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Prognostic Tools for Early Mortality in Hemorrhagic Stroke: Systematic Review and Meta-Analysis.

Mattishent K, Kwok CS, Ashkir L, Pelpola K, Myint PK, Loke YK - J Clin Neurol (2015)

Bottom Line: We evaluated the discrimination performance of the tools through a random-effects meta-analysis of the area under the receiver operating characteristic curve (AUC) or c-statistic.Subgroup testing found statistically significant differences between the AUCs obtained in studies involving Hemphill-ICH and ICH-GS scores (p=0.01).Our meta-analysis evaluated the performance of 12 ICH prognostic tools and found greater supporting evidence for 2 models (Hemphill-ICH and ICH-GS), with generally good performance overall.

View Article: PubMed Central - PubMed

Affiliation: Health Evidence Synthesis Group, Norwich Medical School, University of East Anglia, Norwich Research Park, Norwich, UK.

ABSTRACT

Background and purpose: Several risk scores have been developed to predict mortality in intracerebral hemorrhage (ICH). We aimed to systematically determine the performance of published prognostic tools.

Methods: We searched MEDLINE and EMBASE for prognostic models (published between 2004 and April 2014) used in predicting early mortality (<6 months) after ICH. We evaluated the discrimination performance of the tools through a random-effects meta-analysis of the area under the receiver operating characteristic curve (AUC) or c-statistic. We evaluated the following components of the study validity: study design, collection of prognostic variables, treatment pathways, and missing data.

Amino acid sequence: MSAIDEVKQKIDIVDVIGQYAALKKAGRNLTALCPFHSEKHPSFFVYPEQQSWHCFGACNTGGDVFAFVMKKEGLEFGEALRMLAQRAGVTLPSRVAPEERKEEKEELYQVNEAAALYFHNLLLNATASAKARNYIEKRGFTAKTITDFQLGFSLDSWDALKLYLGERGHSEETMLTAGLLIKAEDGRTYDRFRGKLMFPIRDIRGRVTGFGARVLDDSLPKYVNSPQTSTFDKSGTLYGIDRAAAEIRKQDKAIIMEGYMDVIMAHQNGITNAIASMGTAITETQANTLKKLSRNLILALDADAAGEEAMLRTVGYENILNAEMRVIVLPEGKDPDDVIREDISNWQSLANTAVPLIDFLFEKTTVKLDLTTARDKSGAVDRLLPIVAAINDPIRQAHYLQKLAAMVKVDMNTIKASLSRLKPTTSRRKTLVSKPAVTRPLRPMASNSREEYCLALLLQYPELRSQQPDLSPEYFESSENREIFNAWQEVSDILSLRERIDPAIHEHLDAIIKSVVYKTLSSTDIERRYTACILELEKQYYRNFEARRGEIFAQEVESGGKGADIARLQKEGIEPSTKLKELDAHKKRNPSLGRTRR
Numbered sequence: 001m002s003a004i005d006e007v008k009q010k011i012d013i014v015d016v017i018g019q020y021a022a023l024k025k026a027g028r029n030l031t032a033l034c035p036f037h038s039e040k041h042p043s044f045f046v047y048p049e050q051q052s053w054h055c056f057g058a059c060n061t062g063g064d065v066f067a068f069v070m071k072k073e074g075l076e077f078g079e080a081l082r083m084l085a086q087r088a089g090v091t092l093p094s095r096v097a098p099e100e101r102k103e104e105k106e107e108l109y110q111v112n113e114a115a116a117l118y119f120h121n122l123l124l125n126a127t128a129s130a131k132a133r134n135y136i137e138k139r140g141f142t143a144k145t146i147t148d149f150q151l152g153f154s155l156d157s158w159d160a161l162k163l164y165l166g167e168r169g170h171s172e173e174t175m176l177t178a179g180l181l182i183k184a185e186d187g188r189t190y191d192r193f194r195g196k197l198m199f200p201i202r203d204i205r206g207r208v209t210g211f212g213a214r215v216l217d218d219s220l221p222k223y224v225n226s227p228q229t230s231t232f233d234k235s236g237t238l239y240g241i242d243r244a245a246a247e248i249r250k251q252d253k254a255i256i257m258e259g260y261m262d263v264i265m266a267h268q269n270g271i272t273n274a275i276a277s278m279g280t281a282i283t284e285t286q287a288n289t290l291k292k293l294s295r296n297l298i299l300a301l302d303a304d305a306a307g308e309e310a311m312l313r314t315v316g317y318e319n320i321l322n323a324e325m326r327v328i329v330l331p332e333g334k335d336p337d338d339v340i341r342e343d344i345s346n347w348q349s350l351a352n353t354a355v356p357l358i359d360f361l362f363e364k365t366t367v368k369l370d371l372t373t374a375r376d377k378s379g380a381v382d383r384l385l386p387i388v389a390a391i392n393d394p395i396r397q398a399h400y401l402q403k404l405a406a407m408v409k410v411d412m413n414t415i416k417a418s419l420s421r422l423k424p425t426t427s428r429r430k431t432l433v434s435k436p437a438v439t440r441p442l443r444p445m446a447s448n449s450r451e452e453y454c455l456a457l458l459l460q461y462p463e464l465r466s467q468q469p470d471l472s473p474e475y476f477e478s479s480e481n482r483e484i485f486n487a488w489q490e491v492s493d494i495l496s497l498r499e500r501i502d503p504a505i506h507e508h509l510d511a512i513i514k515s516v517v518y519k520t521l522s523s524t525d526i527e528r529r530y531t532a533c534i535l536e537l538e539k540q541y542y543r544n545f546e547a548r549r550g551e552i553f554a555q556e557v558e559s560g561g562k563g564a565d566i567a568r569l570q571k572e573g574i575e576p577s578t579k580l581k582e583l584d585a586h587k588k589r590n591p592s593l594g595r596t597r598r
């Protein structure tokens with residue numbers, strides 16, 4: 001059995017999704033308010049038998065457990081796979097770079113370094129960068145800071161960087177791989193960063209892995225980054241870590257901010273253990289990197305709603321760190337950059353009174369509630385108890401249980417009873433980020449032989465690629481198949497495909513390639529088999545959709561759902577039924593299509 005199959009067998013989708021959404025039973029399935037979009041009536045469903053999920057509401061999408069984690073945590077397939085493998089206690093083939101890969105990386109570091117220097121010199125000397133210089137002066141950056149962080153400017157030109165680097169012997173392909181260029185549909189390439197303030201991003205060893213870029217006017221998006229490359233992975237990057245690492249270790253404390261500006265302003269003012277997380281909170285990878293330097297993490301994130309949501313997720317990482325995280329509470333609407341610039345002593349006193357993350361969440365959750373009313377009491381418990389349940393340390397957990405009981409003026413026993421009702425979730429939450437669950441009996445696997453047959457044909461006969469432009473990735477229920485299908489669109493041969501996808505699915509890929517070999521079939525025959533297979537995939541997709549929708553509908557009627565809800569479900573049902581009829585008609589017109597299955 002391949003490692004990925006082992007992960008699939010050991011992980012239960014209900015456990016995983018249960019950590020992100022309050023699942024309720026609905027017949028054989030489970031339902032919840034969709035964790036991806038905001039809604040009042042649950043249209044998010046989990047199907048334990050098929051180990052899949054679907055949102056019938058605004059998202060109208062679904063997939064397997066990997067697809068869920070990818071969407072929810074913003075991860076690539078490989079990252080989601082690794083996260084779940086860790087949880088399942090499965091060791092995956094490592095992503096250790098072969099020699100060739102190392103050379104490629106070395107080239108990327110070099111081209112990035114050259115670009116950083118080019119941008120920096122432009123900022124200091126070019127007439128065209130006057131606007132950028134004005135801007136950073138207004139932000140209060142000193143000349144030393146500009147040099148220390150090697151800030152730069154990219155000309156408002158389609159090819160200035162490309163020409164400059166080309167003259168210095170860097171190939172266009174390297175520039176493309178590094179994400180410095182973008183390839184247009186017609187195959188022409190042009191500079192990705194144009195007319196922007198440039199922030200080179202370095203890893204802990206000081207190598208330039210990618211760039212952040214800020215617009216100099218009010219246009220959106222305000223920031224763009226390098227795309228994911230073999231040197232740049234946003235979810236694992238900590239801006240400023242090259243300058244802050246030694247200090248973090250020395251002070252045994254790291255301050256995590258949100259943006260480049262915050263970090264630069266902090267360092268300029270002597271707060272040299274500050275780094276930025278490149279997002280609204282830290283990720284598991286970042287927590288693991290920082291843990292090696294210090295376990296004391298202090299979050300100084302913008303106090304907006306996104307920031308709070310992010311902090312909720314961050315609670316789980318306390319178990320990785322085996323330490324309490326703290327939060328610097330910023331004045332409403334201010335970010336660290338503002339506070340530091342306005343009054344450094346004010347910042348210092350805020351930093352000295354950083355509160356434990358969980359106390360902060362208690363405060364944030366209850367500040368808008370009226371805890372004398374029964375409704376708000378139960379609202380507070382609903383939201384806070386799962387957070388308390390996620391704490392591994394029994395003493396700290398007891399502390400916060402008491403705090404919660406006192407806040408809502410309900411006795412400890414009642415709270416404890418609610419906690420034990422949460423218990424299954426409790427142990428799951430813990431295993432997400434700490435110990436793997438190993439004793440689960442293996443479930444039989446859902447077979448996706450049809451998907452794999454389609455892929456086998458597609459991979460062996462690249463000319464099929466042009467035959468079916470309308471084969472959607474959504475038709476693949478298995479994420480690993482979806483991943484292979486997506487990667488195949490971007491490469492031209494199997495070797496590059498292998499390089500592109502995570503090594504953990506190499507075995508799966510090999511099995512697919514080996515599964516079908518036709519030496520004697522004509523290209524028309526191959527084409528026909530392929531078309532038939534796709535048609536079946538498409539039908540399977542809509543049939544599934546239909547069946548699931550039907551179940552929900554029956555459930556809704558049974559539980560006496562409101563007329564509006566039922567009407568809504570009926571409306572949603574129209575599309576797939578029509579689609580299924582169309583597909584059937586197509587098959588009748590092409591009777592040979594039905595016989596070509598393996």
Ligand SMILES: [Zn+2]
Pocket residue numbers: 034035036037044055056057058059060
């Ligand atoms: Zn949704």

Results: We identified 11 articles (involving 41,555 patients) reporting on the accuracy of 12 different tools for predicting mortality in ICH. Most studies were either retrospective or post-hoc analyses of prospectively collected data; all but one produced validation data. The Hemphill-ICH score had the largest number of validation cohorts (9 studies involving 3,819 patients) within our systematic review and showed good performance in 4 countries, with a pooled AUC of 0.80 [95% confidence interval (CI)=0.77-0.85]. We identified several modified versions of the Hemphill-ICH score, with the ICH-Grading Scale (GS) score appearing to be the most promising variant, with a pooled AUC across four studies of 0.87 (95% CI=0.84-0.90). Subgroup testing found statistically significant differences between the AUCs obtained in studies involving Hemphill-ICH and ICH-GS scores (p=0.01).

Conclusions: Our meta-analysis evaluated the performance of 12 ICH prognostic tools and found greater supporting evidence for 2 models (Hemphill-ICH and ICH-GS), with generally good performance overall.

No MeSH data available.


Related in: MedlinePlus

Subgroup analyses of the Hemphill-intracerebral hemorrhage model according to the study design and characteristics of participants. CI: confidence interval.
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Figure 3: Subgroup analyses of the Hemphill-intracerebral hemorrhage model according to the study design and characteristics of participants. CI: confidence interval.

Mentions: We conducted subgroup analyses looking at the prognostic value of the Hemphill-ICH model according to study design and patient characteristics (e.g., age and geographical location). We found that Hemphill-ICH scores generally performed well across different subgroups (Fig. 3), but there was a possible slight decrease in performance in those studies conducted outside of North America and Europe, or in those where the participants were on average younger than 70 years.